Unpacking Old and New Testament texts, Middleton makes the case that a believer's ultimate hope is not an otherworldly eternity---but rather a participation in a new heaven and a new earth. He examines the ethical and ecclesial implications of a holistic eschatology, and explores the difference it can make for living in a broken world.
In recent years, more and more Christians have come to appreciate the Bible's teaching that the ultimate blessed hope for the believer is not an otherworldly heaven; instead, it is full-bodied participation in a new heaven and a new earth brought into fullness through the coming of God's kingdom. Drawing on the full sweep of the biblical narrative, J. Richard Middleton unpacks key Old Testament and New Testament texts to make a case for the new earth as the appropriate Christian hope. He suggests its ethical and ecclesial implications, exploring the difference a holistic eschatology can make for living in a broken world.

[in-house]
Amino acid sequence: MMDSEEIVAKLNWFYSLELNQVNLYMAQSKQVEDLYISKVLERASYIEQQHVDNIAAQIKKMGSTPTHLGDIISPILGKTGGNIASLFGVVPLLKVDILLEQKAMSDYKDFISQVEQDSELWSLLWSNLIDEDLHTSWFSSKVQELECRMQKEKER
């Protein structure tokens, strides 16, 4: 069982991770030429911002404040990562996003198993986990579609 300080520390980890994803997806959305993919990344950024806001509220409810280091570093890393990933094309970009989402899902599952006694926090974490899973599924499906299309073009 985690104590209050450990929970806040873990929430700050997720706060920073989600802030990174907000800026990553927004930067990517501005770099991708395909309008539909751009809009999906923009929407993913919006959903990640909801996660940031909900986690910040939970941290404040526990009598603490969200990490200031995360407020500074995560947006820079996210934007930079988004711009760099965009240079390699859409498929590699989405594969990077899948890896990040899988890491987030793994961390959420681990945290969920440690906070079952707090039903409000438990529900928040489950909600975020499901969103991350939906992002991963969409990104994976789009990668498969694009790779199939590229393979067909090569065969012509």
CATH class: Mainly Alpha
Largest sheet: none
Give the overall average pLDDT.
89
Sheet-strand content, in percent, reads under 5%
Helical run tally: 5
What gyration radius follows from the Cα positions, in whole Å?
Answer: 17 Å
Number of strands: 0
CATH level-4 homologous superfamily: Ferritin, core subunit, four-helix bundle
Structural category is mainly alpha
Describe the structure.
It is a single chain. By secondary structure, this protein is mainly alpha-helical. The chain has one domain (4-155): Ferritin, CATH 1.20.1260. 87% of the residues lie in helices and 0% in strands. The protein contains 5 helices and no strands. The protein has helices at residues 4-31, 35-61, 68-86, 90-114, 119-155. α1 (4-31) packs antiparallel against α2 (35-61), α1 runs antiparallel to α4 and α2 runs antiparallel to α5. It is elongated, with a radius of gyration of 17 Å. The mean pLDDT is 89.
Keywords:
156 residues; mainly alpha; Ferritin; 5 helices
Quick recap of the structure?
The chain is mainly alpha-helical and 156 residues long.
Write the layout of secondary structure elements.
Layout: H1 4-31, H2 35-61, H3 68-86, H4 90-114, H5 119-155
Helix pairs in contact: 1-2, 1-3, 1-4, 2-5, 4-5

J. Richard Middleton (PhD, Free University of Amsterdam) is professor of biblical worldview and exegesis at Northeastern Seminary and adjunct professor of theology at Roberts Wesleyan College, both in Rochester, New York. He authored The Liberating Image and coauthored the bestsellers Truth Is Stranger Than It Used to Be and The Transforming Vision.
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